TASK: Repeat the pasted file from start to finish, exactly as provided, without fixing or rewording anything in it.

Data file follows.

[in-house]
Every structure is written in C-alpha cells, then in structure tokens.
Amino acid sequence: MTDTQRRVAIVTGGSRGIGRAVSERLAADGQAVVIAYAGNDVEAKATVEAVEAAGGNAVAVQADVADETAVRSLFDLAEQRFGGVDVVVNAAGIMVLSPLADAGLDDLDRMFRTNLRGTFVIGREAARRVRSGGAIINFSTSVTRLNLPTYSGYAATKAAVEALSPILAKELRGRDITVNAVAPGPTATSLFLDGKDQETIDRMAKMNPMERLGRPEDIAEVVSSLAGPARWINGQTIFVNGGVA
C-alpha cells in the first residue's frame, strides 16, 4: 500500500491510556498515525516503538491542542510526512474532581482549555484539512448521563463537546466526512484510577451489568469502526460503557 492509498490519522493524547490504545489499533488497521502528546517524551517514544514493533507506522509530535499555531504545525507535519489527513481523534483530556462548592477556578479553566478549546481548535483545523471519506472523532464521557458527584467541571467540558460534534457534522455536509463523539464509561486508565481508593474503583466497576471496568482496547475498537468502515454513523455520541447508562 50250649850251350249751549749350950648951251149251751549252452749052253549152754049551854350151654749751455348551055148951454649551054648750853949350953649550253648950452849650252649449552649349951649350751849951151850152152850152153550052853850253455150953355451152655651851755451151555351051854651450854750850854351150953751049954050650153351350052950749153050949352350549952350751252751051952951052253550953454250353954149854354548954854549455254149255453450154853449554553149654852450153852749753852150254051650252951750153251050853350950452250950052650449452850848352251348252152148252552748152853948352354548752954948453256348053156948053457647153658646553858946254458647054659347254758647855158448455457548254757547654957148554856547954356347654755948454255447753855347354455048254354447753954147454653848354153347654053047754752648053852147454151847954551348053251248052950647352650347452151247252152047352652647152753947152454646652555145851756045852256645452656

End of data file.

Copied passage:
[in-house]
Every structure is written in C-alpha cells, then in structure tokens.
Amino acid sequence: MTDTQRRVAIVTGGSRGIGRAVSERLAADGQAVVIAYAGNDVEAKATVEAVEAAGGNAVAVQADVADETAVRSLFDLAEQRFGGVDVVVNAAGIMVLSPLADAGLDDLDRMFRTNLRGTFVIGREAARRVRSGGAIINFSTSVTRLNLPTYSGYAATKAAVEALSPILAKELRGRDITVNAVAPGPTATSLFLDGKDQETIDRMAKMNPMERLGRPEDIAEVVSSLAGPARWINGQTIFVNGGVA
C-alpha cells in the first residue's frame, strides 16, 4: 500500500491510556498515525516503538491542542510526512474532581482549555484539512448521563463537546466526512484510577451489568469502526460503557 492509498490519522493524547490504545489499533488497521502528546517524551517514544514493533507506522509530535499555531504545525507535519489527513481523534483530556462548592477556578479553566478549546481548535483545523471519506472523532464521557458527584467541571467540558460534534457534522455536509463523539464509561486508565481508593474503583466497576471496568482496547475498537468502515454513523455520541447508562 50250649850251350249751549749350950648951251149251751549252452749052253549152754049551854350151654749751455348551055148951454649551054648750853949350953649550253648950452849650252649449552649349951649350751849951151850152152850152153550052853850253455150953355451152655651851755451151555351051854651450854750850854351150953751049954050650153351350052950749153050949352350549952350751252751051952951052253550953454250353954149854354548954854549455254149255453450154853449554553149654852450153852749753852150254051650252951750153251050853350950452250950052650449452850848352251348252152148252552748152853948352354548752954948453256348053156948053457647153658646553858946254458647054659347254758647855158448455457548254757547654957148554856547954356347654755948454255447753855347354455048254354447753954147454653848354153347654053047754752648053852147454151847954551348053251248052950647352650347452151247252152047352652647152753947152454646652555145851756045852256645452656